A Comparative Grammar of the Indo-Germanic Languages: A Concise Exposition of the History of Sanskrit, Old Iranian ... Old Armenian, Greek, Latin, Umbro-Samnitic, Old Irish, Gothic, Old High German, Lithuanian and Old Church Slavonic, Volume 2
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ablaut abstract substantives accent adjectival adjectives adverbs analogy appears Armen Armenian arose Aryan Avest Balto-Slavonic Beitr belonging beside Goth beside Gr beside indie beside Lat beside O.H.G. beside Skr common ground-form compounds connexion consonant declension denote derived doubt e. g. Gr e. g. Skr examples feminine fern formation further Gall Germ Germanic Greek hence Hesych Horn Indo-Germanic inflexion instr Italic Kuhn's Ztschr later Latin Lett Lith Lithuanian masc masculine meaning Mid.Ir Mod.Cymr Morph neut neuter nomina actionis nomina agentis o-stems O.Icel O.Ir O.Pers O.Sax occurs Old Church Slavonic Old Irish orig original Osthoff parallel participles perf perhaps phonetic pres primary suffix proethnic period Pruss reduplication regarded Remark root root-syllable Sanskrit secondary suffix separate languages sing Slav Slavonic sonant stem Stud subst superlative Umbr verbal verbs vowel weak words
Page 448 - Variation according to gender (masc. neut. fern.), and the formation of derivatives to denote comparison (degrees of comparison), are usually assigned as the chief characteristics of adjectives as such in the Indo-Germanic languages. However these types of inflexion are all found in substantives also , so that no hard and fast line can be drawn between the two groups. The suffixes which appear in adjectives in the proethnic and later periods are all found in substantives as well. The question then...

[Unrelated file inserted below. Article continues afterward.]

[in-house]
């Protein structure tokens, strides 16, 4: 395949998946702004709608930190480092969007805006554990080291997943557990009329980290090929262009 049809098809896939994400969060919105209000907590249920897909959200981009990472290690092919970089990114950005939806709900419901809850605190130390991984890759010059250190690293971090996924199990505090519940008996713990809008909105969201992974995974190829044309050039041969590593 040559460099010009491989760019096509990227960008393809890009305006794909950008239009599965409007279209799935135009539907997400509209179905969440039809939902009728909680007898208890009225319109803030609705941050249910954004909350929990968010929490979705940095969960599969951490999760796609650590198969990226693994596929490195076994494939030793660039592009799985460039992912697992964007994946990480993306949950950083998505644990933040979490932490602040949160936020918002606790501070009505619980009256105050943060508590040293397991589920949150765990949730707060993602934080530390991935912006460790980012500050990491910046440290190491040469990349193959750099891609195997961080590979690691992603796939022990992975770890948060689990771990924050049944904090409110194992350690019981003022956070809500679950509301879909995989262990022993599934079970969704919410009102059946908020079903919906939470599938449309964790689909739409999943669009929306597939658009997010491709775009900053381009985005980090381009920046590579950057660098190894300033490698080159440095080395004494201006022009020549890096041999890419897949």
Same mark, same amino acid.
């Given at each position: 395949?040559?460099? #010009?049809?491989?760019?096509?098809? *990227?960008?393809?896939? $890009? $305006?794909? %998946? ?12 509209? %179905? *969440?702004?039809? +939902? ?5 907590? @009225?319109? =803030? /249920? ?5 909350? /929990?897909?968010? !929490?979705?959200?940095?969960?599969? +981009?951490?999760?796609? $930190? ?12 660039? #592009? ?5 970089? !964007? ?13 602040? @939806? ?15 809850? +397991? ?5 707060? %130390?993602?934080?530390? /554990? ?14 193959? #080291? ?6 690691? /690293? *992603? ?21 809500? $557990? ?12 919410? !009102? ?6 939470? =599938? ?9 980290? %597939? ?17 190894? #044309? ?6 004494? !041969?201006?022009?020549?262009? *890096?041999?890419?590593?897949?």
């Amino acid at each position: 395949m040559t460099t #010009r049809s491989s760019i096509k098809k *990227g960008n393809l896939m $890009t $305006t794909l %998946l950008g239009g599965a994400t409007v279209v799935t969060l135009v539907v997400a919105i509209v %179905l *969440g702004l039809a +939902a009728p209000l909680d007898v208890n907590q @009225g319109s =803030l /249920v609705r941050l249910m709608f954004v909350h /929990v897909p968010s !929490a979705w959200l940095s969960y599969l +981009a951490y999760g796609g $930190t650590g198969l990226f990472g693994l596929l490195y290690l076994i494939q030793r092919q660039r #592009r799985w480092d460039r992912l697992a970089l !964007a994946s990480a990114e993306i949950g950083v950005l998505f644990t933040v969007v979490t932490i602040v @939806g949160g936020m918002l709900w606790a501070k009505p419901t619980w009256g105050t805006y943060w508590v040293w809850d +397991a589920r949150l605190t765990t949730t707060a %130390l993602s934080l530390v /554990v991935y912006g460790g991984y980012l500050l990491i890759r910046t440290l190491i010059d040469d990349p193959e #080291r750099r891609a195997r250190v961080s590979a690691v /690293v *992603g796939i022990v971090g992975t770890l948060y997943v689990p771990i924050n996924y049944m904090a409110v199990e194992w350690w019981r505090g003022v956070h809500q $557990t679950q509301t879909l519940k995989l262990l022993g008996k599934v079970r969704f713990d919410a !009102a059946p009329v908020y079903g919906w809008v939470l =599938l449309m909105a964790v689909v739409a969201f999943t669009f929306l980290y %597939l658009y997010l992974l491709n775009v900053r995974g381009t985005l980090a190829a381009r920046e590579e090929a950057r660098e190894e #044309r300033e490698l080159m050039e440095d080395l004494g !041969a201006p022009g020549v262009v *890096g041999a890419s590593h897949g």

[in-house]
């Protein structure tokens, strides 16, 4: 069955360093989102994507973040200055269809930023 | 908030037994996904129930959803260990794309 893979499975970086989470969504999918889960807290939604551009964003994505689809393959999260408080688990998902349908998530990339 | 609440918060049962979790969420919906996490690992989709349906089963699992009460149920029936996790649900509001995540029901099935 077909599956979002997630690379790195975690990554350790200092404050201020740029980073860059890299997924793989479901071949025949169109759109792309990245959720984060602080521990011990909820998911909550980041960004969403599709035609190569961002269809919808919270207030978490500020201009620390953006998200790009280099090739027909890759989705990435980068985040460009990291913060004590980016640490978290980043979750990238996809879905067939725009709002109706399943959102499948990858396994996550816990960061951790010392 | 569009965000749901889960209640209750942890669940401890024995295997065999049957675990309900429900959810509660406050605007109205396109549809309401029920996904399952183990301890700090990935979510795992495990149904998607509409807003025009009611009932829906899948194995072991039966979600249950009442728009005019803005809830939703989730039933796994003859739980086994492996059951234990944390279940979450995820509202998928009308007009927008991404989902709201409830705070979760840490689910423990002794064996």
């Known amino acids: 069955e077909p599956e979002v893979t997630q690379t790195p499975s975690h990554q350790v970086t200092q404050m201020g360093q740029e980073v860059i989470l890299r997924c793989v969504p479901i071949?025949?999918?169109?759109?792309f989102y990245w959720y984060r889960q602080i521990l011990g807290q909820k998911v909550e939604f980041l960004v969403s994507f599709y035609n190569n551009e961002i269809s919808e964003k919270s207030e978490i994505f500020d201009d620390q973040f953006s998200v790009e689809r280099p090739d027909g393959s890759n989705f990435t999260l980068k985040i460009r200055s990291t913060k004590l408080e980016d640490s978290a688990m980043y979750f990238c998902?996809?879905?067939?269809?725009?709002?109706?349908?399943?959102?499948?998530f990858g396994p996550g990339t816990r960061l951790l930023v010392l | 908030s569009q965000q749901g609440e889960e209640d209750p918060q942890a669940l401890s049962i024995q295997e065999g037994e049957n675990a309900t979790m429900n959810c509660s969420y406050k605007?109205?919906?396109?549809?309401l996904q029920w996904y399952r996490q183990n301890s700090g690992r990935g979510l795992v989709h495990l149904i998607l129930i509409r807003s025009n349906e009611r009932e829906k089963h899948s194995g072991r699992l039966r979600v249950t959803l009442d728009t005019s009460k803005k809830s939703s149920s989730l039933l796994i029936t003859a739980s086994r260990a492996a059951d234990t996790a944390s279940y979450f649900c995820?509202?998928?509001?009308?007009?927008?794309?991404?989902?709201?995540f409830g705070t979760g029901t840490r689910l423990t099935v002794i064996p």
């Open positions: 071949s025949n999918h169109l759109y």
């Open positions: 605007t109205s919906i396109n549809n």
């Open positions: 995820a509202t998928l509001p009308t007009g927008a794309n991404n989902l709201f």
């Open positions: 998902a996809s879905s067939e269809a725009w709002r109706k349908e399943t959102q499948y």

Page 472 - youthful persons, young folk (collectively)' or 'a single youthful person', [Eng. youth]. But it is difficult to maintain any sharp distinction between the separate uses, and therefore the words which show this secondary developement of meaning will be treated along with the rest. It is important also to recognise the fact that no hard and fast line can be drawn between this class of nouns and the nomina actionis with their secondary shades of meaning. It is natural enough that the two divisions...
Page 110 - ... eg stems ending in explosives , into the o- or ddeclension, without any modification of meaning. The change in any particular case may be due to any one of a large number of causes ; indeed, to any association either of sound or of sense. Analogy of form, for example, produced in Sanskrit a nom. ddnta-s (cp. p. Ill) beside ace. ddnt-am (stem ddnt- 'tooth'), and in Greek TIJV yd^v (Callim.) beside nom. ace. neut. xa'pfi 'head' (for *x«p««r-«, a neuter subst.
Page 495 - point' may have been a compound of this kind, standing for *ud+dh&- 'upraise, lift on high' (I § 536 Rem. p. 392) ; it is however quite conceivable that the original form was *ud-\-dh-o-, with the suffix -o-, which in this position would date from a very early period. By the same author: Prof. K. BRUGMANN 8°. XX, 561 pp. cloth. Price 18s. A COMPARATIVE GRAMMAR of the INDOGERMANIC LANGUAGES Vol. I, Introduction and Phonology translated from the German by Joseph Wright, Ph. D. London. Kegan Paul,...